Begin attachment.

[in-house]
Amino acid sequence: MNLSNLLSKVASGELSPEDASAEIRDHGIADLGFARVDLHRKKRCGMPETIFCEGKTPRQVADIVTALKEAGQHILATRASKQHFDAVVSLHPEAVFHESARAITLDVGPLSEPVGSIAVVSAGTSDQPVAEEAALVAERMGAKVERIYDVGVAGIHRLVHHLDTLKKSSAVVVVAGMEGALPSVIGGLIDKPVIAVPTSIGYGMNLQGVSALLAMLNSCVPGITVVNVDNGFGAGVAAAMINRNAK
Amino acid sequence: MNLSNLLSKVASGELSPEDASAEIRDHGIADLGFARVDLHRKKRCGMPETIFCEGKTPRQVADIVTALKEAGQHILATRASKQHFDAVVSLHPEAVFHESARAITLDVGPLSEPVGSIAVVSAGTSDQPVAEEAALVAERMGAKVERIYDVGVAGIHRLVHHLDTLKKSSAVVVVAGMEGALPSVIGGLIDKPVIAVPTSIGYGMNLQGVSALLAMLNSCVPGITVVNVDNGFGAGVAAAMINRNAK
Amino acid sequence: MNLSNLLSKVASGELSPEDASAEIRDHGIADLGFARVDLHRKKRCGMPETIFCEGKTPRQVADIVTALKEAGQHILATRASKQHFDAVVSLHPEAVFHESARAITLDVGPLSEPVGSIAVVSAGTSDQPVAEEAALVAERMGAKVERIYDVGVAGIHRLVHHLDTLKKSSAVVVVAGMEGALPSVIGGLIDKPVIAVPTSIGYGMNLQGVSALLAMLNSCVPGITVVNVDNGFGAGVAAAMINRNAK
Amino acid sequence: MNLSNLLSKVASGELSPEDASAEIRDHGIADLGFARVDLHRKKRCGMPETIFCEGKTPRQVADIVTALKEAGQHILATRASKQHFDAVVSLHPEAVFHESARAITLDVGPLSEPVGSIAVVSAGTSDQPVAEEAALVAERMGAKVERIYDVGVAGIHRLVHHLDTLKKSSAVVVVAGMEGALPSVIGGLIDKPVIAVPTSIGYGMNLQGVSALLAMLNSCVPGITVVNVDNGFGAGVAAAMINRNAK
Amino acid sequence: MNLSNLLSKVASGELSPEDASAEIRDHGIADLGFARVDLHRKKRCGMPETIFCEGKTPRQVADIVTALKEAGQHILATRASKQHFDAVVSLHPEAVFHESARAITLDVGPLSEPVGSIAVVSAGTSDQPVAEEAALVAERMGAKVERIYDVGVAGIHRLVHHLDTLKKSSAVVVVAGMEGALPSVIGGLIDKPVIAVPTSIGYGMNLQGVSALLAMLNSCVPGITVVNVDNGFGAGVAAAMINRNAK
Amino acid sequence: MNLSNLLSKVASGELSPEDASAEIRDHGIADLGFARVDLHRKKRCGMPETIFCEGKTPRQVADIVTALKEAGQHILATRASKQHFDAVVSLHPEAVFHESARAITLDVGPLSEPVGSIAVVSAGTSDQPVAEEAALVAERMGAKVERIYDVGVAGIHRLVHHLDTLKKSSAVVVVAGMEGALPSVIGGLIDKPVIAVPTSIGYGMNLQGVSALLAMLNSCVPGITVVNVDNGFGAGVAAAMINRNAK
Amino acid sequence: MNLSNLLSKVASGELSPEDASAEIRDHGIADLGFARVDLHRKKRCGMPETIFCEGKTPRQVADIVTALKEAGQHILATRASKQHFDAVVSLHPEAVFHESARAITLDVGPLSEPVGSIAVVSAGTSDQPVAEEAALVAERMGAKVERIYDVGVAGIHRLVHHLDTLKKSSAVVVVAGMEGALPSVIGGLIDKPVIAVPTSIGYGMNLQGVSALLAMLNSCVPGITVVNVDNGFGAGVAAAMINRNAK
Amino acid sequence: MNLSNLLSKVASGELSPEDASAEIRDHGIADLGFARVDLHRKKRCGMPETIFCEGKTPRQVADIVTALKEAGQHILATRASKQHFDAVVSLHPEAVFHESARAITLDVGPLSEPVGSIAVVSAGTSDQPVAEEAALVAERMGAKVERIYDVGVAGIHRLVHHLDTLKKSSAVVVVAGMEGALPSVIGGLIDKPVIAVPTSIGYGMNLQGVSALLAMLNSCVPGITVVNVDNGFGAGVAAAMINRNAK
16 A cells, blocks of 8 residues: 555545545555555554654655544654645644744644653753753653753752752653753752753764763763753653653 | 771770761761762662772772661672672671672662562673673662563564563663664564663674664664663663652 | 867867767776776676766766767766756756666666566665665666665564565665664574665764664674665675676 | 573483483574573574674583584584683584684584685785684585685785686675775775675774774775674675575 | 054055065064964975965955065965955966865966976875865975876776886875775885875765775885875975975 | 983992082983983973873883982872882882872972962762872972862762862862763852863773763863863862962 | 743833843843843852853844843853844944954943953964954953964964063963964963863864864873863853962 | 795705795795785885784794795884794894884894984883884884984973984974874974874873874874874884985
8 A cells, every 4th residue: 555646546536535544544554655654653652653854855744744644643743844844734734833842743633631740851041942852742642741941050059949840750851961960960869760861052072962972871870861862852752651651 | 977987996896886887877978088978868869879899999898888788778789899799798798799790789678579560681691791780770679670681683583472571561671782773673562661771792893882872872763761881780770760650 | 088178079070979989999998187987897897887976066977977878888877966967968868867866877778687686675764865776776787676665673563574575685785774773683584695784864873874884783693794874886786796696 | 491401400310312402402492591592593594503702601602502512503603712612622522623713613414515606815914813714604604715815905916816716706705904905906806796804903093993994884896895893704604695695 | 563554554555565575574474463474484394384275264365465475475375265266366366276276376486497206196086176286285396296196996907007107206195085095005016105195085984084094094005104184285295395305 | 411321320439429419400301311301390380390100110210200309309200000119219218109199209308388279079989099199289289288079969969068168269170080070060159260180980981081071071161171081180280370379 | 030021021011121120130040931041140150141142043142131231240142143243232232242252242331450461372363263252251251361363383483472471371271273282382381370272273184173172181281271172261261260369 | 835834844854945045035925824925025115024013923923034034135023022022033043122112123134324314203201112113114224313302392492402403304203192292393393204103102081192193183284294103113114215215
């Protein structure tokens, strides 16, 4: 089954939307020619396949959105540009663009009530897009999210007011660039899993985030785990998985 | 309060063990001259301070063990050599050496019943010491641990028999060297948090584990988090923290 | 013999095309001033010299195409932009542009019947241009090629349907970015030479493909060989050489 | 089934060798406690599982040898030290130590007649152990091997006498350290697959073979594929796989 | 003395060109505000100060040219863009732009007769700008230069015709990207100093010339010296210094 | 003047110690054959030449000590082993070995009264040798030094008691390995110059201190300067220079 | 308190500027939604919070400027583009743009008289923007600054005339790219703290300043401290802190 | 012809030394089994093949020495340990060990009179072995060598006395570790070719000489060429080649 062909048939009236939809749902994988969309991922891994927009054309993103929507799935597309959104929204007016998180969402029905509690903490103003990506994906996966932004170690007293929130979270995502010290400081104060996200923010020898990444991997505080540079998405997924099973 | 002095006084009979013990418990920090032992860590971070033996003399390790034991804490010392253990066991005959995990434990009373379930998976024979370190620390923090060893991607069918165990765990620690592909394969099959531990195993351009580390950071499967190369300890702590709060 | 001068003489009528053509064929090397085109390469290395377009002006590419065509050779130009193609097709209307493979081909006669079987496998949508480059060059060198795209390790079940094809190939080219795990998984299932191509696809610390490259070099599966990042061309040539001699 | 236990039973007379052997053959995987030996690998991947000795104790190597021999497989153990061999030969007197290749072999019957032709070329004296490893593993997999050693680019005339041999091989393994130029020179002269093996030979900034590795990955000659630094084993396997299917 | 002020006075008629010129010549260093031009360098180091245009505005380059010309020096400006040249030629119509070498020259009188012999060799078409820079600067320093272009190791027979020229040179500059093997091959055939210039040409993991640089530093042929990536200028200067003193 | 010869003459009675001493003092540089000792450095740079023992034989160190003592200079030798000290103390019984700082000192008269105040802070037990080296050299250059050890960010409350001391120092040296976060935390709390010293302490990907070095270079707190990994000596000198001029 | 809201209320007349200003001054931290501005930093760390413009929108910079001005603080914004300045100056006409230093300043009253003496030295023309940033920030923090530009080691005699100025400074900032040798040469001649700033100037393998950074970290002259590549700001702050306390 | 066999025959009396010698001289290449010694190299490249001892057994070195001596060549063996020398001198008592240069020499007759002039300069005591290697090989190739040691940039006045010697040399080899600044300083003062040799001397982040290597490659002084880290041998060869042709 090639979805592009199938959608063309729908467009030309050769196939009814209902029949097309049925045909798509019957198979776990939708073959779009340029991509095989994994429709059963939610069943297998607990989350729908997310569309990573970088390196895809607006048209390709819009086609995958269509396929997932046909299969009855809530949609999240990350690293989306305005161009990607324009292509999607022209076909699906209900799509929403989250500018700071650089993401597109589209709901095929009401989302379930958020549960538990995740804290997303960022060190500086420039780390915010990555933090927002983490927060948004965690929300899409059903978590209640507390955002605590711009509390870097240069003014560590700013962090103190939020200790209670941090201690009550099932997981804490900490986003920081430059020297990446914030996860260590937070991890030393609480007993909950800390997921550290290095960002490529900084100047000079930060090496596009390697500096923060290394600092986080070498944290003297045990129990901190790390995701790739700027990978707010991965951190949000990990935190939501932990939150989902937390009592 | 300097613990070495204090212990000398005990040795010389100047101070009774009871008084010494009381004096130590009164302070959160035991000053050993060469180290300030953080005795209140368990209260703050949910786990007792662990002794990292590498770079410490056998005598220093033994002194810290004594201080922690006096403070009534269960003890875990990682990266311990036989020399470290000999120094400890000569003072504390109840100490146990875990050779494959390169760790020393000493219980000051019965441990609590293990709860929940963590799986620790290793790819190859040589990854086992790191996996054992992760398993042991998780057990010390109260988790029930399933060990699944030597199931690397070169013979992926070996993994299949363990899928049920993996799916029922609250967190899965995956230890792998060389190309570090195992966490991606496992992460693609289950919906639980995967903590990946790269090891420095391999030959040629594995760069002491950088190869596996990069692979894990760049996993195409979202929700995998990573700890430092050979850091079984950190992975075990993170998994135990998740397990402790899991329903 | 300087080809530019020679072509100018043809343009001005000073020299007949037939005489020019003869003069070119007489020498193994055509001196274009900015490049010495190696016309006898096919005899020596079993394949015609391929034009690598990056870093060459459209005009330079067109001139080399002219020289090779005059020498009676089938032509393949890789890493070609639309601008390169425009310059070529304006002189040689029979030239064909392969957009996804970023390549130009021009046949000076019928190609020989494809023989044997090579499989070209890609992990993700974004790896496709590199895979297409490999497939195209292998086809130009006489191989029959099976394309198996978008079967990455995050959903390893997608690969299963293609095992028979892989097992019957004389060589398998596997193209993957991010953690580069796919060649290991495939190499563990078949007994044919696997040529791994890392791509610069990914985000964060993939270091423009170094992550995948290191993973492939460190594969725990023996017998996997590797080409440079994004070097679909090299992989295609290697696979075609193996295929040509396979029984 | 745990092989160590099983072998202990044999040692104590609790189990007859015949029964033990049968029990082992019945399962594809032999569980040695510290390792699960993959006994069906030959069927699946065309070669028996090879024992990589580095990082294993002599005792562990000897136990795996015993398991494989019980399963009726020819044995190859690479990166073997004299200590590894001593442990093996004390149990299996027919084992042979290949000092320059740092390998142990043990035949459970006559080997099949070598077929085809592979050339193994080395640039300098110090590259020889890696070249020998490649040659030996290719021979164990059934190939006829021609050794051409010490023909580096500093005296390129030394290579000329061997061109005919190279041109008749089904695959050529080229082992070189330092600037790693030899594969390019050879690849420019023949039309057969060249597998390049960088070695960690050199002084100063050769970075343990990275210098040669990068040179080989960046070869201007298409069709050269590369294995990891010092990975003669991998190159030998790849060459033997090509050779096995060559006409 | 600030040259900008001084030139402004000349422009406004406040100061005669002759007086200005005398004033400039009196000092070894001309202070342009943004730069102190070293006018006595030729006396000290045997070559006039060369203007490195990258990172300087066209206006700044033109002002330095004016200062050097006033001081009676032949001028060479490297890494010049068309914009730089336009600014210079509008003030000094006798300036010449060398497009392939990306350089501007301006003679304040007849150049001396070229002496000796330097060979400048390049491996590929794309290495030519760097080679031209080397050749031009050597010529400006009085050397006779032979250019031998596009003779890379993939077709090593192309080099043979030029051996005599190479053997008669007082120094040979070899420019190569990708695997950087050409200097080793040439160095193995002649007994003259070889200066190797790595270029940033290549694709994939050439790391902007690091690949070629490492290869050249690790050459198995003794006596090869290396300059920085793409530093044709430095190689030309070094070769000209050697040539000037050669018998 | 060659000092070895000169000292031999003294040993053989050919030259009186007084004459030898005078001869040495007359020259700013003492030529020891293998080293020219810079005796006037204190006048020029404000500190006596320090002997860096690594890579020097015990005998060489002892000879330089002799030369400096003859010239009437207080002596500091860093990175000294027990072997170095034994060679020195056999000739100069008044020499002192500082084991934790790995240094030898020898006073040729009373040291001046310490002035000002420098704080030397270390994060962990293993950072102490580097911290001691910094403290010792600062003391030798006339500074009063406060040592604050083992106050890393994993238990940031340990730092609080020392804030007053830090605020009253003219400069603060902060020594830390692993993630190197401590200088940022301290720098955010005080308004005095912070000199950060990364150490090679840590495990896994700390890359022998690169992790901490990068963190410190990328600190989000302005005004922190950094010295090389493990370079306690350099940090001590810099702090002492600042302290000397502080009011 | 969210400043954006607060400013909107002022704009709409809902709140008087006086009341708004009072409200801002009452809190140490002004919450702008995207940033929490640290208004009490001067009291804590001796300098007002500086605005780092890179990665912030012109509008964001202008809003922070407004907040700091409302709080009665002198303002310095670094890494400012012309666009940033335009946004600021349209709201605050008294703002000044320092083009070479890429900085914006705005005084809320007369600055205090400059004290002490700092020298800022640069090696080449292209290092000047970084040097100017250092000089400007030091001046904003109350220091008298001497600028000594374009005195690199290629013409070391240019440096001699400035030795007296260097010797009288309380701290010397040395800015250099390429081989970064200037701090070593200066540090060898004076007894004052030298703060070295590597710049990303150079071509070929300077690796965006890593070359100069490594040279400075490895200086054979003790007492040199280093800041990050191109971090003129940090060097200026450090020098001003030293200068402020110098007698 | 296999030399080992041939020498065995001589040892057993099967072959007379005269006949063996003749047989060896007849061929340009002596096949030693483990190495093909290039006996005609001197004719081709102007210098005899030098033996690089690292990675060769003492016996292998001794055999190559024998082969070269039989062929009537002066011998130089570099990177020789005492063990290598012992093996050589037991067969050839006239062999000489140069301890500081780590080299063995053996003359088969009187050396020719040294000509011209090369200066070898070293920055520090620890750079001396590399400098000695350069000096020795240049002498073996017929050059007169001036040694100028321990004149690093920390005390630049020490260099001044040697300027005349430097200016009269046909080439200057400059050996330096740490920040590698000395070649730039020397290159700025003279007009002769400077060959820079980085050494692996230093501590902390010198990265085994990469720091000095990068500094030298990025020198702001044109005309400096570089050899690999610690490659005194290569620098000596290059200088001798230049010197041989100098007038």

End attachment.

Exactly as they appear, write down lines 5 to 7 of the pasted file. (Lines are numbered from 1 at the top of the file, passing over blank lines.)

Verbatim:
Amino acid sequence: MNLSNLLSKVASGELSPEDASAEIRDHGIADLGFARVDLHRKKRCGMPETIFCEGKTPRQVADIVTALKEAGQHILATRASKQHFDAVVSLHPEAVFHESARAITLDVGPLSEPVGSIAVVSAGTSDQPVAEEAALVAERMGAKVERIYDVGVAGIHRLVHHLDTLKKSSAVVVVAGMEGALPSVIGGLIDKPVIAVPTSIGYGMNLQGVSALLAMLNSCVPGITVVNVDNGFGAGVAAAMINRNAK
Amino acid sequence: MNLSNLLSKVASGELSPEDASAEIRDHGIADLGFARVDLHRKKRCGMPETIFCEGKTPRQVADIVTALKEAGQHILATRASKQHFDAVVSLHPEAVFHESARAITLDVGPLSEPVGSIAVVSAGTSDQPVAEEAALVAERMGAKVERIYDVGVAGIHRLVHHLDTLKKSSAVVVVAGMEGALPSVIGGLIDKPVIAVPTSIGYGMNLQGVSALLAMLNSCVPGITVVNVDNGFGAGVAAAMINRNAK
Amino acid sequence: MNLSNLLSKVASGELSPEDASAEIRDHGIADLGFARVDLHRKKRCGMPETIFCEGKTPRQVADIVTALKEAGQHILATRASKQHFDAVVSLHPEAVFHESARAITLDVGPLSEPVGSIAVVSAGTSDQPVAEEAALVAERMGAKVERIYDVGVAGIHRLVHHLDTLKKSSAVVVVAGMEGALPSVIGGLIDKPVIAVPTSIGYGMNLQGVSALLAMLNSCVPGITVVNVDNGFGAGVAAAMINRNAK